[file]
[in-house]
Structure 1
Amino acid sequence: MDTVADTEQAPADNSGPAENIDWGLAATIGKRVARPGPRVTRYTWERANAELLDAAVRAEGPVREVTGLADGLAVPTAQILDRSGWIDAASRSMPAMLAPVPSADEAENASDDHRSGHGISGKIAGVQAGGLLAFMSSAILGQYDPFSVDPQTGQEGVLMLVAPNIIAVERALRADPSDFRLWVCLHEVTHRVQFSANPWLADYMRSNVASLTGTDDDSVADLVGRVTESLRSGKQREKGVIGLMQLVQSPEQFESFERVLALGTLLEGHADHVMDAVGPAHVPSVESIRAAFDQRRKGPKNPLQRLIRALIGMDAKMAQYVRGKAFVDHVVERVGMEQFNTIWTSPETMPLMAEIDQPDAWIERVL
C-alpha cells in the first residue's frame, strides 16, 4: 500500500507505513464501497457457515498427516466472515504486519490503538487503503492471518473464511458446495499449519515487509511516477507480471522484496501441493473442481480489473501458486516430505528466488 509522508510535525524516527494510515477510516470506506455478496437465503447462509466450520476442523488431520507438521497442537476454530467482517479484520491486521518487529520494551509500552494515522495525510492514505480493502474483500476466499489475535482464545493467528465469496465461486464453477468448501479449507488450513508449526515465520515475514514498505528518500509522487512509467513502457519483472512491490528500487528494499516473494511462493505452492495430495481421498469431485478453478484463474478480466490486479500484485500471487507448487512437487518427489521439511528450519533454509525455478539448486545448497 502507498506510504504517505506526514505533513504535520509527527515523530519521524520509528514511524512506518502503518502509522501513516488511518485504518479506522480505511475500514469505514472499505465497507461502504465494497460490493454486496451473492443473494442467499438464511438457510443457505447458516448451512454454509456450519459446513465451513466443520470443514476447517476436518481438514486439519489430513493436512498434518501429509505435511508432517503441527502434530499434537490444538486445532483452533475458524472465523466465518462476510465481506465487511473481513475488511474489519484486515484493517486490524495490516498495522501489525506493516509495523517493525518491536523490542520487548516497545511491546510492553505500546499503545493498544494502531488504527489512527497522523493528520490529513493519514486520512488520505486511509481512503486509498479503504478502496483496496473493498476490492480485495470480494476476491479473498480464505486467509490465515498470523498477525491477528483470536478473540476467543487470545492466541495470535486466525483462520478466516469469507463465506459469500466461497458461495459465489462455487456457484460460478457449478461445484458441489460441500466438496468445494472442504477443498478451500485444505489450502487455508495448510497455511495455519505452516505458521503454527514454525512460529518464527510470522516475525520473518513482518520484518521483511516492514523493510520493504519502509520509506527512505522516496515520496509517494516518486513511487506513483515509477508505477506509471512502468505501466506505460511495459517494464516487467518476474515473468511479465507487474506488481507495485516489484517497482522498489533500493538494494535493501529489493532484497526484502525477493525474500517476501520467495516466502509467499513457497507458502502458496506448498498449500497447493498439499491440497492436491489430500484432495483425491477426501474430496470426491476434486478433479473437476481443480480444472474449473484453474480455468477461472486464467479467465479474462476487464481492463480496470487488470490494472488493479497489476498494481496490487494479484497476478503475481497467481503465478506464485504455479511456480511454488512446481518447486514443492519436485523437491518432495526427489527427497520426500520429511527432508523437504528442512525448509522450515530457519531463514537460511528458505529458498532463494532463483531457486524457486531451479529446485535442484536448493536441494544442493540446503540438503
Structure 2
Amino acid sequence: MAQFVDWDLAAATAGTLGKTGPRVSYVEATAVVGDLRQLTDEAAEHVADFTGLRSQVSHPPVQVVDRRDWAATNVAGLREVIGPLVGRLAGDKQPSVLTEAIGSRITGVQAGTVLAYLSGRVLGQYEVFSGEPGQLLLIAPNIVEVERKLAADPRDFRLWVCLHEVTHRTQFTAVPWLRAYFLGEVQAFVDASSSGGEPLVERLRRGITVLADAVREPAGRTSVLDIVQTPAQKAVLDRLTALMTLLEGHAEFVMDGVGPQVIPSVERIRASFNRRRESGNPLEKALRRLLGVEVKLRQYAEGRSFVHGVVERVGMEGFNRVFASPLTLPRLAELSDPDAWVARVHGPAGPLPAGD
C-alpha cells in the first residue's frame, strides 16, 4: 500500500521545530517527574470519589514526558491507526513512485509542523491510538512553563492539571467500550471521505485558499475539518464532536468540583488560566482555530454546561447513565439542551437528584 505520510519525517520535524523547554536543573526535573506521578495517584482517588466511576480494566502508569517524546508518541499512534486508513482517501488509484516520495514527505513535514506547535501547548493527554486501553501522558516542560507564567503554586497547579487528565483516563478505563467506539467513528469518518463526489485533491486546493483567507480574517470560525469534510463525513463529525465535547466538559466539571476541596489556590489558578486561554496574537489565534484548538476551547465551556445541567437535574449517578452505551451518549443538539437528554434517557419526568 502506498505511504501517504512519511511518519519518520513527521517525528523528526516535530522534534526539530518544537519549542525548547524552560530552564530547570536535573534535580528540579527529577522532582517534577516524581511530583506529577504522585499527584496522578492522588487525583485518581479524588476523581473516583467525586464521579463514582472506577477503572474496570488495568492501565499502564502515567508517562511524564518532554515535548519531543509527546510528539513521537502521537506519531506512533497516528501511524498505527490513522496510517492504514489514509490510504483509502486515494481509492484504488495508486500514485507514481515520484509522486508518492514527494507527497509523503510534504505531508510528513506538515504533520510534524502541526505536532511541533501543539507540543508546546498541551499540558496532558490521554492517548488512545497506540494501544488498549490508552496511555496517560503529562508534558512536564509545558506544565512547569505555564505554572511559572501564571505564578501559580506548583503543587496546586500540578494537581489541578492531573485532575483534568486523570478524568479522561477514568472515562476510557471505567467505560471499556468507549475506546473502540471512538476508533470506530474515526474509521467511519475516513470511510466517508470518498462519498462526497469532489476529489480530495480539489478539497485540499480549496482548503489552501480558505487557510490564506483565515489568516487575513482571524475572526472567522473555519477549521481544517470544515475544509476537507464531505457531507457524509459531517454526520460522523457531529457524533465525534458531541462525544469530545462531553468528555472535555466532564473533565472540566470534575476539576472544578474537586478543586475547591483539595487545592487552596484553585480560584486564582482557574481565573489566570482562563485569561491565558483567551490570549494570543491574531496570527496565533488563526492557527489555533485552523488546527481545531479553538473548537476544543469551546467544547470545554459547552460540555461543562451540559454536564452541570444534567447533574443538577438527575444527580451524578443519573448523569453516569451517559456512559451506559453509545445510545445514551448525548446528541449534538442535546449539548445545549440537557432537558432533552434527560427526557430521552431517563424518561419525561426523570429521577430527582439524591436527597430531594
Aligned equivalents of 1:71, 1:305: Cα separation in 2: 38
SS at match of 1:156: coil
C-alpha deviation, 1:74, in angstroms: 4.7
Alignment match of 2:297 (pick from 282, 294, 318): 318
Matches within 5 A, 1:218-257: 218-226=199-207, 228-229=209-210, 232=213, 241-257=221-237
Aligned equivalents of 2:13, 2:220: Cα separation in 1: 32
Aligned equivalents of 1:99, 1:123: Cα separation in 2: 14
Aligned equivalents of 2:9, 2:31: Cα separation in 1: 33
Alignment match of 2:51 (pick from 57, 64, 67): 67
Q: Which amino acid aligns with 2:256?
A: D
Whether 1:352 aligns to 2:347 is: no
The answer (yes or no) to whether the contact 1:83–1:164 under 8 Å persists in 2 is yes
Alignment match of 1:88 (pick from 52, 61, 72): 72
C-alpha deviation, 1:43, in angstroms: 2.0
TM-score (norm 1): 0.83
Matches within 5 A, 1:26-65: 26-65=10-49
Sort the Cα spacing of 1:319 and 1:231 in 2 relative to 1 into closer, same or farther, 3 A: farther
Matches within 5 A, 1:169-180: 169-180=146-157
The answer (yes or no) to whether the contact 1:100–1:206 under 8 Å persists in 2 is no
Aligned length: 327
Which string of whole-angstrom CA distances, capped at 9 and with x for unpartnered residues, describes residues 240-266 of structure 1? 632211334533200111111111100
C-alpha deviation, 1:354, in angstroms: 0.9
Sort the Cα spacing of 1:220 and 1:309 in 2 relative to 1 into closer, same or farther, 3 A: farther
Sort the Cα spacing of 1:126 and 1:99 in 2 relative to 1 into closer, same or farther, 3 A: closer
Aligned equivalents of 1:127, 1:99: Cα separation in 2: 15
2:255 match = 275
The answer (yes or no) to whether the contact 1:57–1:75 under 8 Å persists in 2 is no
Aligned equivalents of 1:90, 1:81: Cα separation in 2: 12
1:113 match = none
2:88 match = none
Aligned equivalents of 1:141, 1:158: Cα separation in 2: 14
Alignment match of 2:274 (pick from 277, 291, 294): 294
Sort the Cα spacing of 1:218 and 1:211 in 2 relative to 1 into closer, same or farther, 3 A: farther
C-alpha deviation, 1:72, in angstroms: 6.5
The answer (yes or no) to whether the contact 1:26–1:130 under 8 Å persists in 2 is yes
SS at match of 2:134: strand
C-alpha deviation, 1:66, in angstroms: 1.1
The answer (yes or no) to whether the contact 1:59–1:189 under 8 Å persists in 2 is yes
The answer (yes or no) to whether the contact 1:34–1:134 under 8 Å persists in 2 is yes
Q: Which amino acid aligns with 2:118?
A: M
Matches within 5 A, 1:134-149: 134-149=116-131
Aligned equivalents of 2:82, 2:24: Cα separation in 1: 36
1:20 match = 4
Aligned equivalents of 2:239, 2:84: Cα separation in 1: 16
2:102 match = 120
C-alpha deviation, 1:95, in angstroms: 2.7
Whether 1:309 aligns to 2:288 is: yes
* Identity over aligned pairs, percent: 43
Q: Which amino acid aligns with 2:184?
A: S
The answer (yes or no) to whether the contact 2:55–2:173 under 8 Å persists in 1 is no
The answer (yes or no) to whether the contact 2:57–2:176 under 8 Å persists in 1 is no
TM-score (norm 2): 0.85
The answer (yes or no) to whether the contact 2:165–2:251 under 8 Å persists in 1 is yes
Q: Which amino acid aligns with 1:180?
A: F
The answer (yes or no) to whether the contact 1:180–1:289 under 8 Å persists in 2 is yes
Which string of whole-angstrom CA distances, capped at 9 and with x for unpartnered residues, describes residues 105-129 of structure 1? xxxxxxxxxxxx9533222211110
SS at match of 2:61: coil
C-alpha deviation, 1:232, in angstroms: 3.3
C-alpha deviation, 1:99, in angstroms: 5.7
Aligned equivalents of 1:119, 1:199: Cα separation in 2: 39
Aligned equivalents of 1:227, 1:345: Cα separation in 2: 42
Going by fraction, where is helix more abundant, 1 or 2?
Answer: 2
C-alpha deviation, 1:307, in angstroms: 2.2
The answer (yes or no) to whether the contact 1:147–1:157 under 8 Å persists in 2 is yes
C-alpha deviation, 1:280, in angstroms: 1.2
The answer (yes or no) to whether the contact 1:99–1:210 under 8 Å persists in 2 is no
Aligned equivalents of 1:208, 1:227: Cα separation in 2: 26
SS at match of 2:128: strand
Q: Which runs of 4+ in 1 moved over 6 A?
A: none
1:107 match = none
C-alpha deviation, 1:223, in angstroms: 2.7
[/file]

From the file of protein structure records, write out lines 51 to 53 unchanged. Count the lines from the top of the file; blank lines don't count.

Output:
Aligned equivalents of 2:82, 2:24: Cα separation in 1: 36
1:20 match = 4
Aligned equivalents of 2:239, 2:84: Cα separation in 1: 16